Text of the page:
Synopses & Reviews
This acclaimed dual biography charts both British Robert Scott's and Norwegian Roald Amundsen's race to the South Pole during 191112. Bizarrely, Scott died in his quest and became a tragic hero, whereas Amundsen, the victor, was largely forgotten. Reassessing the two explorers and their methods of exploration, the book examines the driving ambitions of the era, recounts the race in detail, and explores the flaws of and differences between the two men. Tim Pigott-Smith evokes all the power and pathos of this enduringly fascinating slice of history.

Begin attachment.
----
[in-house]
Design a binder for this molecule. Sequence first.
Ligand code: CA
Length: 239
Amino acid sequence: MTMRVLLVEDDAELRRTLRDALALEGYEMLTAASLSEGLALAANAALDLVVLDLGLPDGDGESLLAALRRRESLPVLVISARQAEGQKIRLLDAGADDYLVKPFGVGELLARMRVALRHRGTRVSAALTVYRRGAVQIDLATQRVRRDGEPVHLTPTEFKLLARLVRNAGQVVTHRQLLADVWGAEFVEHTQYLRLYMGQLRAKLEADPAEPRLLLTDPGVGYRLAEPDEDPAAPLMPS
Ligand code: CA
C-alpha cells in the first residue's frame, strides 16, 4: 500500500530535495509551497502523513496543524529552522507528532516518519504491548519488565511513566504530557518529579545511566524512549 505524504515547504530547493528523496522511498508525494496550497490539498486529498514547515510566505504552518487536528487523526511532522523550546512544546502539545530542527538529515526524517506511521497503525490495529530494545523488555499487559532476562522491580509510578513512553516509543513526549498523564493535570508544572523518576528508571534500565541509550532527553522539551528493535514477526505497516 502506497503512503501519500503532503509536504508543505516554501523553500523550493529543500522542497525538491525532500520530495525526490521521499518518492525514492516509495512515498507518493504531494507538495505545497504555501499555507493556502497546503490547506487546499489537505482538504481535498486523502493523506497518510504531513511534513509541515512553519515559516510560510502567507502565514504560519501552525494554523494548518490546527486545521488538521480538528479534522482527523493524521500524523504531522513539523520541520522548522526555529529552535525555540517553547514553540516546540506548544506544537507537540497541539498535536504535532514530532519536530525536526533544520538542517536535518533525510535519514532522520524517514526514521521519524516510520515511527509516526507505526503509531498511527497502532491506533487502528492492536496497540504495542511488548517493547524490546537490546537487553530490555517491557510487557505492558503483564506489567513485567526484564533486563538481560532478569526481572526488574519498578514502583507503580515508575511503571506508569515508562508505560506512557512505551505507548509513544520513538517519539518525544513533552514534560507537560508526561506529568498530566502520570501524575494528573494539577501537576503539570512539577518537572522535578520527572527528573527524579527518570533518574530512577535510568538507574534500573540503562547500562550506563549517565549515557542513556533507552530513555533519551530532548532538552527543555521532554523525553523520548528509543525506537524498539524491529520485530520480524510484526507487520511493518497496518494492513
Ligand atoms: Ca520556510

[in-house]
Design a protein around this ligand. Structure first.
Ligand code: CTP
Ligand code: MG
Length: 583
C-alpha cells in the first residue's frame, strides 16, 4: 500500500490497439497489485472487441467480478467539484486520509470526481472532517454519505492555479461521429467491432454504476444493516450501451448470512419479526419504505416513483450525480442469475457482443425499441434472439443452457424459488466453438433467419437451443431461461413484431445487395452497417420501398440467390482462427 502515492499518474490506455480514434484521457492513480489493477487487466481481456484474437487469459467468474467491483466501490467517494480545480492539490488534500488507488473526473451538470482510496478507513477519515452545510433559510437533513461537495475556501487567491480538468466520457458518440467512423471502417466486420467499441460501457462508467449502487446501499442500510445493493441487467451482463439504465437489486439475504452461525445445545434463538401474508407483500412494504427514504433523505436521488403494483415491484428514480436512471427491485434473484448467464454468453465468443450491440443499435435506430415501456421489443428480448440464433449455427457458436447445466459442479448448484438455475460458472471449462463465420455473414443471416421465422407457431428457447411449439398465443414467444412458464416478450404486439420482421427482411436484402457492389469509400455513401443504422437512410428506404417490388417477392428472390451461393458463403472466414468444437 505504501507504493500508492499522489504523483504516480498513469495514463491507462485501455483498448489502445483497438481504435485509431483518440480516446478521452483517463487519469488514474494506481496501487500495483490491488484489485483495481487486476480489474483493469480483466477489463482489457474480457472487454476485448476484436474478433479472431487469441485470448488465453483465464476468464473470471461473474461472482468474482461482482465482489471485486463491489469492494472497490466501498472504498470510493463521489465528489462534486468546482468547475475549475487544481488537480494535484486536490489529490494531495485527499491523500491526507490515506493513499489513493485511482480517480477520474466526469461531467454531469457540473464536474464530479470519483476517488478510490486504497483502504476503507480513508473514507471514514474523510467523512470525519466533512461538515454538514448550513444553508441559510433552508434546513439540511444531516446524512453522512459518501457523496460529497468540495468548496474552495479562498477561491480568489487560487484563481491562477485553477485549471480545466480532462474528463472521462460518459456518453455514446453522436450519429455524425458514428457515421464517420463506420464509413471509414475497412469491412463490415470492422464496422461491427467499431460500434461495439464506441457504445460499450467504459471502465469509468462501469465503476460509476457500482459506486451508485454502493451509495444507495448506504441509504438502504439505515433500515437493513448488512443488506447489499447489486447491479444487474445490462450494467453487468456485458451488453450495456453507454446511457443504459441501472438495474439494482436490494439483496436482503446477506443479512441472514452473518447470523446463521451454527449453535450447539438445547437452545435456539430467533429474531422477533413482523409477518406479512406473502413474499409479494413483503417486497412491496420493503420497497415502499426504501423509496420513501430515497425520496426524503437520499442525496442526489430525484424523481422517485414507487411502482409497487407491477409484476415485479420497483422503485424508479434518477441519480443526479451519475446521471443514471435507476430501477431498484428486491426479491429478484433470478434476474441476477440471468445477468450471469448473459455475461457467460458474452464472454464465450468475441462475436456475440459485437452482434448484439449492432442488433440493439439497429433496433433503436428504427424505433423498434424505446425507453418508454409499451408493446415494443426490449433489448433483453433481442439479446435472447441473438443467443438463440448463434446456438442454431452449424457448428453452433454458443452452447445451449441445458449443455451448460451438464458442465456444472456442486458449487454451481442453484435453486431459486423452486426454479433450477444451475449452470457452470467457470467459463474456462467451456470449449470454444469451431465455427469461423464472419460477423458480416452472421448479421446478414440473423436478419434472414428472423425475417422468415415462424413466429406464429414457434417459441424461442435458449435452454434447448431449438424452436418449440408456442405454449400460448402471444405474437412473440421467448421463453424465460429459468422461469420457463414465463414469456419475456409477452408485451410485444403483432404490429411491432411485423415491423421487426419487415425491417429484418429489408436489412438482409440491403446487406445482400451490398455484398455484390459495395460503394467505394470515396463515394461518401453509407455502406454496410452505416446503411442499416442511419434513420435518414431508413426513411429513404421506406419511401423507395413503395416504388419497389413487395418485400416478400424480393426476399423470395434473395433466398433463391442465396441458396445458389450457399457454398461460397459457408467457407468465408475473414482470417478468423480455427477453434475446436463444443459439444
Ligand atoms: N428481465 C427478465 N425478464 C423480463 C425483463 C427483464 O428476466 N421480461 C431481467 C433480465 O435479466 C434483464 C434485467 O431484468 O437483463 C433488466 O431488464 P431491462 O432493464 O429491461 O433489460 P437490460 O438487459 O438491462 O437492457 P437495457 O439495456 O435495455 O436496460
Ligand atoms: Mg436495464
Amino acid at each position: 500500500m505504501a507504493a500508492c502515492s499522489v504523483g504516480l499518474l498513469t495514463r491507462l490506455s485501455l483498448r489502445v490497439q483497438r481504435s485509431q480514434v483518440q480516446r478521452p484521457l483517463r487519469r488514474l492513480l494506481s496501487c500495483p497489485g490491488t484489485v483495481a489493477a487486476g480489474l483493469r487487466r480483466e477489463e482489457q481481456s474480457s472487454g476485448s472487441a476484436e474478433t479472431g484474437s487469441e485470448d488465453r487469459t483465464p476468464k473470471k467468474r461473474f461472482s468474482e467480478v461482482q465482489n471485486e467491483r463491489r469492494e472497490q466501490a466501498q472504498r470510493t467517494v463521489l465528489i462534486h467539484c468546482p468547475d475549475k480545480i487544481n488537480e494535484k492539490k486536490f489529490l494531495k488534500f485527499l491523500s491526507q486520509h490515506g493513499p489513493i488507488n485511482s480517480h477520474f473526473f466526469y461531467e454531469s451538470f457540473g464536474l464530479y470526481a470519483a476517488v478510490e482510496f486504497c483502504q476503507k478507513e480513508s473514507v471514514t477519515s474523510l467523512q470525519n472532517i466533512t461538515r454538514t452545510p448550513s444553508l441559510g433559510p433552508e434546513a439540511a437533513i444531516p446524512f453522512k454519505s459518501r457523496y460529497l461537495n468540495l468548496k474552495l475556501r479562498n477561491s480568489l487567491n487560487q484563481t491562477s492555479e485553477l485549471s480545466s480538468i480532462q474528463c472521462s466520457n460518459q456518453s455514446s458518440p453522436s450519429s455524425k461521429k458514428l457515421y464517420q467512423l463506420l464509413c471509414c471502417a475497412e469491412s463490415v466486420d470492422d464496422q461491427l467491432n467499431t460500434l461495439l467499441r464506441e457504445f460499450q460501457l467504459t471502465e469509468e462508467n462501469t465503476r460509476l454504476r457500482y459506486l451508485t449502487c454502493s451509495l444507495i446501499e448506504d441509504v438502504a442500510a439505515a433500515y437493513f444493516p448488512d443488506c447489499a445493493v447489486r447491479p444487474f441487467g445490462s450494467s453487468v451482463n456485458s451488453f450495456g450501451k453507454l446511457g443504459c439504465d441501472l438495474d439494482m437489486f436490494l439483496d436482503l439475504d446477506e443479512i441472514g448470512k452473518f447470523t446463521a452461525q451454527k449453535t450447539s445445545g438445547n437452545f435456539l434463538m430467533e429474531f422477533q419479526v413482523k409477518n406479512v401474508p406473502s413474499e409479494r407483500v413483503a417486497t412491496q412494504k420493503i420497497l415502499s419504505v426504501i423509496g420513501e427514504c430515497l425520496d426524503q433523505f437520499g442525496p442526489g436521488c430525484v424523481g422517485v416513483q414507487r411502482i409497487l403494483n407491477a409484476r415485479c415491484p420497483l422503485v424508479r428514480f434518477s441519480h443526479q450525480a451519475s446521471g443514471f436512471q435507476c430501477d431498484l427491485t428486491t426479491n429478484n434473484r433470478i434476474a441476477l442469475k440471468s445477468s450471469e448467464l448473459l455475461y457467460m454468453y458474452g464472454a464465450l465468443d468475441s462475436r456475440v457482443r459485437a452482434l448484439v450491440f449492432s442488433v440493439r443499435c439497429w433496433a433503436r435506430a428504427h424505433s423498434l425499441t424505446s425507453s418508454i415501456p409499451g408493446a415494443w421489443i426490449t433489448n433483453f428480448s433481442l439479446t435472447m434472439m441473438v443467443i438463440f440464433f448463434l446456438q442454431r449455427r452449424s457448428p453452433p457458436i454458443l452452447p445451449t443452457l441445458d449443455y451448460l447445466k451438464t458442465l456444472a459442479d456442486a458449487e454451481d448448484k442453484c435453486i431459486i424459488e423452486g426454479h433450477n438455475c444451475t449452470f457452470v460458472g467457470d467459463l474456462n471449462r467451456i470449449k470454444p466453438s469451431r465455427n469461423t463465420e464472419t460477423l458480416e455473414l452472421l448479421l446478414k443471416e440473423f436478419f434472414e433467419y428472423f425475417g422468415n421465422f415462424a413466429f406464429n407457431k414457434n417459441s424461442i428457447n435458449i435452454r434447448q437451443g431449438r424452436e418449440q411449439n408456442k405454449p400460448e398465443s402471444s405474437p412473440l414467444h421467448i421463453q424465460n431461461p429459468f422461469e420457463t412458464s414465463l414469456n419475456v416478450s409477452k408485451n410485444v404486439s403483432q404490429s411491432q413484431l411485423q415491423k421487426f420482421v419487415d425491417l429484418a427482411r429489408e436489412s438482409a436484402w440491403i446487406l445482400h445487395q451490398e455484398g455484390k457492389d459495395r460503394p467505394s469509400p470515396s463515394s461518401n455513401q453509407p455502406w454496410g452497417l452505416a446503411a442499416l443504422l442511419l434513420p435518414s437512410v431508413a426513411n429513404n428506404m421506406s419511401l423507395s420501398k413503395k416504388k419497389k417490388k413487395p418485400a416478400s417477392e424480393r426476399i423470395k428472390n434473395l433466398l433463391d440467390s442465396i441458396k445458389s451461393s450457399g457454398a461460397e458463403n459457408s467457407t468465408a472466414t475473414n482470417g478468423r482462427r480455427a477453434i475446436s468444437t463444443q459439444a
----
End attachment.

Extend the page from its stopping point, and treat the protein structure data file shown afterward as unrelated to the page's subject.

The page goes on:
"Huntford's chronicle of the rivalry between the United Kingdom's Robert Scott and Norway's Roald Amundsen to become the first explorer to reach the South Pole, poses a substantial challenge for adaptation into the audio format. The narrative presents events in a third-person expository fashion, offering precious few opportunities for dialogue among the real-life characters. American listeners may consider Tim Pigott-Smith's British accent distracting, while others might enjoy it as a relevant bit of flair. The story contains plenty of inherent drama, but the abridgment seems to veer off course in the concluding sections, as the long-term legacies of the two polar pioneers is rather rushed. A Modern Library paperback. (July)" Publishers Weekly (Copyright Reed Business Information, Inc.)